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Women's Health Education Program (WHEP) Blog Tea and Sex - More Similar Than You Think

Hot Fruit Tea with Oranges and Cinnamon

September 22, 2021
By Marcus Junus, MS4, Drexel University College of Medicine

There is a brilliant video created by a police department in the U.K. that explains the concept of sexual consent in terms of making someone a cup of tea. If you offer to make someone a cup of tea and they don’t want a cup of tea, you should just not make them a cup of tea. (1) You should not get annoyed that they don’t want tea, and you most definitely should not force them to drink the tea. If they initially wanted a cup of tea, but changed their mind after you have made it, no matter how good you think your tea is, you still should not pour the tea down their throat. Yes, you probably would feel annoyed that you have spent time boiling the water and making the tea, but would any of us really argue that it would give you the right to force someone to drink your tea? That’s consent in a nutshell. Most people can grasp the idea that forcing someone to drink tea is ridiculous, but many people still struggle to understand what constitutes consent in a sexual setting. According to the National Sexual Violence Resource Center (NSVRC), almost one in four women at 33 major universities in the U.S. have experienced some form of sexual assault or misconduct. Staggeringly, one in five women in the U.S. experienced completed or attempted rape during their lifetime. (2)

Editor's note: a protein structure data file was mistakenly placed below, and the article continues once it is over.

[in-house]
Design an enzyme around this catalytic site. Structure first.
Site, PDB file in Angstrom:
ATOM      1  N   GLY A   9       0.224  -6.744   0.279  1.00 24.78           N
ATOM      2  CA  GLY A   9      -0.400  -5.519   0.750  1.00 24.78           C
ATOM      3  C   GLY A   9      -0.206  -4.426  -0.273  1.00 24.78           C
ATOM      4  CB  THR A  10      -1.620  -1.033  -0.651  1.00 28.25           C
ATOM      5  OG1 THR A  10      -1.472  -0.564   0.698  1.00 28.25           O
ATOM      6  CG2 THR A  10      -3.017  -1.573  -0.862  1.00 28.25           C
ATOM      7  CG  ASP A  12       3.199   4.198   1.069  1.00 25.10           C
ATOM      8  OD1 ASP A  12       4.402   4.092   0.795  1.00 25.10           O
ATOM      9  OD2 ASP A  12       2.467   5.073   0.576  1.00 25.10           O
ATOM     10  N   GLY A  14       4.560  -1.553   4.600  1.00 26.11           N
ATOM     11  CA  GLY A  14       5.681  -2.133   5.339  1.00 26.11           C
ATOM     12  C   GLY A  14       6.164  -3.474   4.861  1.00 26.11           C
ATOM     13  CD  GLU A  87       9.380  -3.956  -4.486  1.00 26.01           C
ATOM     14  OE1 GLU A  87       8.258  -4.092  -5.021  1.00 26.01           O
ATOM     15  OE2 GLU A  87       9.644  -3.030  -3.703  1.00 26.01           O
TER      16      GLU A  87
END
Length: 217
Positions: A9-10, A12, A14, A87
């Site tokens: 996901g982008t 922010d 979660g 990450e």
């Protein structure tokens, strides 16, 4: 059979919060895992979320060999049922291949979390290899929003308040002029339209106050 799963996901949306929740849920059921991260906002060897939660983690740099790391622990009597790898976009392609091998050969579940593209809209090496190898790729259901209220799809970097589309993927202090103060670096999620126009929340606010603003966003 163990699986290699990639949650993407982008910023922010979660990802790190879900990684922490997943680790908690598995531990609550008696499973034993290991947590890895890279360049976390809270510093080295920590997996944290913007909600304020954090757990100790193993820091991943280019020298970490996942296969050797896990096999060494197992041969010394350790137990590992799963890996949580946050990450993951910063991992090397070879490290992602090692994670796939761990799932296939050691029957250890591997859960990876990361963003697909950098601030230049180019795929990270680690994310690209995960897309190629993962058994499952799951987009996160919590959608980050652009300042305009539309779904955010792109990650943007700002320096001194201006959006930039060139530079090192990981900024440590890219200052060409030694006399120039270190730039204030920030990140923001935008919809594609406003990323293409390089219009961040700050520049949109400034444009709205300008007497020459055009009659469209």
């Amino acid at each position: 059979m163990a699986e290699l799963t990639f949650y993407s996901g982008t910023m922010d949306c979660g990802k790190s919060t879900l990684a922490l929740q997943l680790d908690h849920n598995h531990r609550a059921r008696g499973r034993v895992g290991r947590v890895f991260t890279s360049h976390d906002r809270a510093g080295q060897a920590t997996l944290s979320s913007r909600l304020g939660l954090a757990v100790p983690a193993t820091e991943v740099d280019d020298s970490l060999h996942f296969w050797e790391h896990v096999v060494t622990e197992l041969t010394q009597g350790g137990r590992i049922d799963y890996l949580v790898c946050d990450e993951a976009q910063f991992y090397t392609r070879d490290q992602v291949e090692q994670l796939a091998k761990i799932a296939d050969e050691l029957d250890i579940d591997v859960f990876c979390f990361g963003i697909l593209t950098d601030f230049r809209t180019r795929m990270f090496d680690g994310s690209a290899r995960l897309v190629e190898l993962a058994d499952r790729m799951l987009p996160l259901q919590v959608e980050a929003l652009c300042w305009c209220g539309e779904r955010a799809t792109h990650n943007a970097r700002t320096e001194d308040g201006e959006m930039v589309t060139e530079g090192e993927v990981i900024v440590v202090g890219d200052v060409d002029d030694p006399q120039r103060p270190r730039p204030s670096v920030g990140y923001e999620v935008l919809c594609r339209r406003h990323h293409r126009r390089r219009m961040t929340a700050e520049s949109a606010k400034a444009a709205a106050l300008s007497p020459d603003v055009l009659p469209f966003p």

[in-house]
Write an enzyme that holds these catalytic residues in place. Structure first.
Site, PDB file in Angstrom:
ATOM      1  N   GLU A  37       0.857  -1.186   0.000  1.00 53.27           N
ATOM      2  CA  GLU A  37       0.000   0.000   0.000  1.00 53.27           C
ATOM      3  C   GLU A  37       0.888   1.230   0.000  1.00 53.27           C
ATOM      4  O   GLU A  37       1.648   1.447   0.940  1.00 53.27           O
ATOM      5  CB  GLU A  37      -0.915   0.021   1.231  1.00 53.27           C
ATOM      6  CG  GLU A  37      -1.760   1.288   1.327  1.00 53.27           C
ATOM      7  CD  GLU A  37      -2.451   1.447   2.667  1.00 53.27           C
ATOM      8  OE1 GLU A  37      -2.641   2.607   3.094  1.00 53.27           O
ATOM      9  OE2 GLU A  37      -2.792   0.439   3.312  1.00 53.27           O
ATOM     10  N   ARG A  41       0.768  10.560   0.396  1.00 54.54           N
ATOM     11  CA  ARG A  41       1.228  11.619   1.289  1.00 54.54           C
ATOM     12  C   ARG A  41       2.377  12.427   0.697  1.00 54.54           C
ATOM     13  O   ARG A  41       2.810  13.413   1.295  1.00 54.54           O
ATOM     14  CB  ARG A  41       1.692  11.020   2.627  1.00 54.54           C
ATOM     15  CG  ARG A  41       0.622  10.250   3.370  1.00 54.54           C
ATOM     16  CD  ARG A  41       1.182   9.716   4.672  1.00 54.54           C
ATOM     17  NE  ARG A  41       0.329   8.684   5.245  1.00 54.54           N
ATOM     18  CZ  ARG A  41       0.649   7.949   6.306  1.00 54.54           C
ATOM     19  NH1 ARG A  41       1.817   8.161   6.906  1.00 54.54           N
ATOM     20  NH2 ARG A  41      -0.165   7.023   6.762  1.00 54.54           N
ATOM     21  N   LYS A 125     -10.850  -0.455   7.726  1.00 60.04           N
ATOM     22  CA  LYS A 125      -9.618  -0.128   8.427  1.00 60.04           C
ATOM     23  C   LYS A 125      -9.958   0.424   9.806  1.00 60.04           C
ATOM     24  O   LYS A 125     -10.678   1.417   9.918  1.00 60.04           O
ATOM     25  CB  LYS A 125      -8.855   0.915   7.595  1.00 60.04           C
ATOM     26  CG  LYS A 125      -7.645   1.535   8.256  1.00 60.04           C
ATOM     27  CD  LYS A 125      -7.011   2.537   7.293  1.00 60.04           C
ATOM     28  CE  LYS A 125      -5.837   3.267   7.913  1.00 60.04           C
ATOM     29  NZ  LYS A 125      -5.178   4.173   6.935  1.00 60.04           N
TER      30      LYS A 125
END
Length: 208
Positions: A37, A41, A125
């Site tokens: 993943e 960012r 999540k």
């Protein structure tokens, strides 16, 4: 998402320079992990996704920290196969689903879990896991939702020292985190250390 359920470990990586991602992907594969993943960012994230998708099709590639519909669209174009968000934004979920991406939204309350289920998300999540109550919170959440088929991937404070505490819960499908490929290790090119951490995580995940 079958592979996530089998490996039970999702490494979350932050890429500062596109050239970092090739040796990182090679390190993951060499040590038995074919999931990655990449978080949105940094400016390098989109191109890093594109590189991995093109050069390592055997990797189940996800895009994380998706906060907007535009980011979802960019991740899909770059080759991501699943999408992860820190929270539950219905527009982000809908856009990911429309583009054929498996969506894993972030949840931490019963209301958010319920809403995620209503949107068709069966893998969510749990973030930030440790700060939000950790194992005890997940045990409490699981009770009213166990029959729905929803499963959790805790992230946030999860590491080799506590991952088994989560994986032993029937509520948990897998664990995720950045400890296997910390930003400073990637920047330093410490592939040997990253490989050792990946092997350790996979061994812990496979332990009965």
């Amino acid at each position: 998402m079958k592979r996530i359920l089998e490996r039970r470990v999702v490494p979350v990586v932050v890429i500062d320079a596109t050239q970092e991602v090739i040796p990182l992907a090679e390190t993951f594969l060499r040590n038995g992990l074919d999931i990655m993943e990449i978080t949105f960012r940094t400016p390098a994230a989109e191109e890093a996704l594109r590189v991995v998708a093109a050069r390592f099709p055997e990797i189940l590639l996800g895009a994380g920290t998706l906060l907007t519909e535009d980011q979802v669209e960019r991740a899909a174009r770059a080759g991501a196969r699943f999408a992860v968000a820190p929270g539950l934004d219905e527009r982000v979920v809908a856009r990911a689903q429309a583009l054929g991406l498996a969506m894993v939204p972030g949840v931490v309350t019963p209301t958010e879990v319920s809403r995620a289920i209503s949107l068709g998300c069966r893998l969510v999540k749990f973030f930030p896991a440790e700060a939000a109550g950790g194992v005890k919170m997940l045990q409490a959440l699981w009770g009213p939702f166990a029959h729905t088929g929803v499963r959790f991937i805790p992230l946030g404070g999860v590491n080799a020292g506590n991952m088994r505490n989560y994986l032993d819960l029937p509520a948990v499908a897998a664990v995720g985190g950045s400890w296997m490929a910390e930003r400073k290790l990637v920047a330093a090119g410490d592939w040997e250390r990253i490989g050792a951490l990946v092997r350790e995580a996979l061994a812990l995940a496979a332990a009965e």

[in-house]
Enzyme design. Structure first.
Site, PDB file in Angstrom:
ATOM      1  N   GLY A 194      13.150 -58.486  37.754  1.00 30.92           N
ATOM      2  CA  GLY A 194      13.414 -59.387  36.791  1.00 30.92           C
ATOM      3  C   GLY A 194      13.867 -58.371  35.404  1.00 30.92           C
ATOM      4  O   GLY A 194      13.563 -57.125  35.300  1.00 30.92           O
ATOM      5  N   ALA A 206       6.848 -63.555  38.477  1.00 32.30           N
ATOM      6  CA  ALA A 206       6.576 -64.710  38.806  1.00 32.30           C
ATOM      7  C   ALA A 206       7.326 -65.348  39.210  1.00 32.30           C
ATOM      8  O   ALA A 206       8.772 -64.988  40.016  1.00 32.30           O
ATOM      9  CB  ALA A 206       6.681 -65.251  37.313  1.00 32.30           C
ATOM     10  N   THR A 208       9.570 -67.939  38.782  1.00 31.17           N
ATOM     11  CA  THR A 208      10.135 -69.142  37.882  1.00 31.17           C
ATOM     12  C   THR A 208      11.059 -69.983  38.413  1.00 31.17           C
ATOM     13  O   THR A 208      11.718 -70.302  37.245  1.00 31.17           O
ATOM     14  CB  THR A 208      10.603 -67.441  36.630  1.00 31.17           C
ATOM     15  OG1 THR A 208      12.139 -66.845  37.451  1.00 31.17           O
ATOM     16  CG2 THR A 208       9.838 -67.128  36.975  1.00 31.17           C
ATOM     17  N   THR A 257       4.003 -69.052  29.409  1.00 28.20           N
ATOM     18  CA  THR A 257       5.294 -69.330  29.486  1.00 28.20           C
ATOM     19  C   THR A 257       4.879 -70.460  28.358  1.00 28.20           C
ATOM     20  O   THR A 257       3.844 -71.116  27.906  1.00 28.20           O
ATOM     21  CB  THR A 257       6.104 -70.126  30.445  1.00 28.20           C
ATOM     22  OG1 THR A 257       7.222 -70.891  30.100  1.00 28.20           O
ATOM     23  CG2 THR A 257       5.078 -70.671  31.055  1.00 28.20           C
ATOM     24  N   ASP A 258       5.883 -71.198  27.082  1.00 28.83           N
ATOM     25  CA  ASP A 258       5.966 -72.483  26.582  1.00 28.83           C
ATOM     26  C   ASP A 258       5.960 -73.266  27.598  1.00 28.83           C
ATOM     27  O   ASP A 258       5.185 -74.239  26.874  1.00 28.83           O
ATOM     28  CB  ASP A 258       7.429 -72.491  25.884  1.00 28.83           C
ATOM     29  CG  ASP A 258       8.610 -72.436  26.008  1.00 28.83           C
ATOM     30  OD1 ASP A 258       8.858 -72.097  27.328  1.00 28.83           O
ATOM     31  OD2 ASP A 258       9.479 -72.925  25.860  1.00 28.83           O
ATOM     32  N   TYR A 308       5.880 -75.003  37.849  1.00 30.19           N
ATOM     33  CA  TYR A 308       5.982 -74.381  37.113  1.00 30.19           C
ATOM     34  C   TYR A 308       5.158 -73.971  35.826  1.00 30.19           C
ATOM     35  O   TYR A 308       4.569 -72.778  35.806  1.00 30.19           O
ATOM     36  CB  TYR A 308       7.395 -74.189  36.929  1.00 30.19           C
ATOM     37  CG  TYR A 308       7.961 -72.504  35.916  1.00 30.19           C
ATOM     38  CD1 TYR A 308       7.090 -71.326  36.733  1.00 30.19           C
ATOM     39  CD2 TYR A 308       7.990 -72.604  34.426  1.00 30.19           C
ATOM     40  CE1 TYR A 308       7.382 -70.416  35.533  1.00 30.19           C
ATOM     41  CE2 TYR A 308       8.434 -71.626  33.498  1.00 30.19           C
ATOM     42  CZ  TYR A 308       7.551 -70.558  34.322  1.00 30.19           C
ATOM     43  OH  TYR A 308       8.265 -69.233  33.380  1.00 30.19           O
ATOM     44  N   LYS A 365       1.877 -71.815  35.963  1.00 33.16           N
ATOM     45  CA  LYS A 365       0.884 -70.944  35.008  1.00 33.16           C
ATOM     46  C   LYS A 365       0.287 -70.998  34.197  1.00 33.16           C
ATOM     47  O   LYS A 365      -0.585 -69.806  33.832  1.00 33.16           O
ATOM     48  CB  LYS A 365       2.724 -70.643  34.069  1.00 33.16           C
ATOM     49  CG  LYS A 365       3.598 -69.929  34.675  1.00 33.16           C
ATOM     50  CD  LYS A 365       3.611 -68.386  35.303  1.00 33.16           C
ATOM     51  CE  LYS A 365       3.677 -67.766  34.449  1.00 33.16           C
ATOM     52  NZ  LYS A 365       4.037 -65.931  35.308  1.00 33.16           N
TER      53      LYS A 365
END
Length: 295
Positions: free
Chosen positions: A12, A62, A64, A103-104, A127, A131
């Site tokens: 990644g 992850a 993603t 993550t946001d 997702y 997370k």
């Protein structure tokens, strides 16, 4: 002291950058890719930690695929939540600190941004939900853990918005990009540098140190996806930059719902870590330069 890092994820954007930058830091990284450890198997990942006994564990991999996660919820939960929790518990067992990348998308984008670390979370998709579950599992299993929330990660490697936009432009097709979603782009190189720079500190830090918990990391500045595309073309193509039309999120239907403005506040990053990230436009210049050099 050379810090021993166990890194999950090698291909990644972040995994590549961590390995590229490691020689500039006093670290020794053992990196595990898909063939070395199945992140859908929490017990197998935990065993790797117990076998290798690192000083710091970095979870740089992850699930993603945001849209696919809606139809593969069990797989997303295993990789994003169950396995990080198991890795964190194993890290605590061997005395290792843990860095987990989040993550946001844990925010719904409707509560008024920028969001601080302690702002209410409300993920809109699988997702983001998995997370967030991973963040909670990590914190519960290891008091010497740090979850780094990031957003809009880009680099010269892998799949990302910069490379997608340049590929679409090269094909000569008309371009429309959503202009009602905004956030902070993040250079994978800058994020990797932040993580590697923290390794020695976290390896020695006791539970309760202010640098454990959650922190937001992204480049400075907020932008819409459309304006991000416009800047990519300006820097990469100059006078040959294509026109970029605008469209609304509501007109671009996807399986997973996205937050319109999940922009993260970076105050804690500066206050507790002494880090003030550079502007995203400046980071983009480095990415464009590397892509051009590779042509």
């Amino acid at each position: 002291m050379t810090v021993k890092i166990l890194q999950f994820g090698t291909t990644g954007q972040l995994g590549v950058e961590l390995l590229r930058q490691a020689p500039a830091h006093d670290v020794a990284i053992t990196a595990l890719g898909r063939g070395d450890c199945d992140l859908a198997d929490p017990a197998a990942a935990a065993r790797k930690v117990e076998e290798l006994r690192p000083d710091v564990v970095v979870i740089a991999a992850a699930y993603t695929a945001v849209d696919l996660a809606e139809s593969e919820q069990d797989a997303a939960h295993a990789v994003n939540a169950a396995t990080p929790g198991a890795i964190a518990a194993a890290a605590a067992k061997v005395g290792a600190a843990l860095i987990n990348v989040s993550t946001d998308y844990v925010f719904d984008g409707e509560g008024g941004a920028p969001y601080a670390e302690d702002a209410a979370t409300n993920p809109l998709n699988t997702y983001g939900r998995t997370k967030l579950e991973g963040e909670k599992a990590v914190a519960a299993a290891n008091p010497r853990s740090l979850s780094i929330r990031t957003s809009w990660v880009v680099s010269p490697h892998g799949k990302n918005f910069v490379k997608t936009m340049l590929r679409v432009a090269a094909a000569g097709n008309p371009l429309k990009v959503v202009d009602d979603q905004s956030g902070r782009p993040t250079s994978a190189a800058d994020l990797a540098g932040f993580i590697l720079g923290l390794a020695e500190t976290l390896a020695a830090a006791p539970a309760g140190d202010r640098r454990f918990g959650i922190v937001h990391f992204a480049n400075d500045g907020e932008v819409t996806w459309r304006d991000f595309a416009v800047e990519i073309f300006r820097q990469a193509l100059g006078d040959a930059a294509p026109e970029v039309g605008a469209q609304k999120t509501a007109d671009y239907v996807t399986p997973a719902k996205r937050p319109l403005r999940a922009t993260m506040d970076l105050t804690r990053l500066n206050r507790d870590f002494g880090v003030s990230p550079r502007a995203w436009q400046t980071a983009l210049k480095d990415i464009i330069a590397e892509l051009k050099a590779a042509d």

So let’s talk more about what consent is and how it works. Although the legal definition of the word “consent” may vary depending on circumstances and laws in different geographical locations, we can still discuss the concept in general. Consent should be clear, ongoing, coherent, and voluntary. A clear consent should be given enthusiastically. That means not saying “no” does not equal a “yes.” If you asked someone if they wanted tea and they uncomfortably mumbled something, I think it’s a pretty clear indication that they don’t want your tea. Consent should be ongoing, meaning a partner can revoke their consent at any time. Even if your partner is in the middle of drinking your tea, they can decide that they no longer want it. They are not obligated to finish it. Consent must be coherent. Someone who is intoxicated by alcohol or drugs may not be capable of giving consent. Nearly half of sexual assaults involve alcohol consumption. (3) Lastly, consent must be voluntary. A “yes” obtained through coercion is not consent.

It’s also important to note that even people in committed, long-term relationships should continue to foster a culture of consent. For example, being married does not make it an obligation to perform any sort of sexual activity.

One of the barriers to obtaining proper consent is the fear of “killing the mood.” Sure, asking for consent can sometimes feel awkward. But it doesn’t always have to be that way. There are ways to ask for consent without ruining the moment. Just as we have learned how to initiate and normalize sex education in schools, we can make consent a natural part of sexual interactions. When we normalize asking and receiving sexual consent, it makes everyone safer and more comfortable. *If you’ve been sexually assaulted, call the National Sexual Assault Hotline 800.656.HOPE (4673). (4)


1) Thames Valley Police, May E. (2015). Consent Is Everything. Blue Seat Studios.
2) Smith, S. G., Zhang, X., Basile, K. C., Merrick, M. T., Wang, J., Kresnow, M., & Chen, J. (2018). The National Intimate Partner and Sexual Violence Survey: 2015 data brief – updated release. Centers for Disease Control and Prevention.
3) Abbey A. (2002). Alcohol-related sexual assault: a common problem among college students. Journal of studies on alcohol. Supplement, (14), 118–128.
4) Rape, Abuse & Incest National Network. (2021). About the national sexual assault telephone hotline. RAINN.

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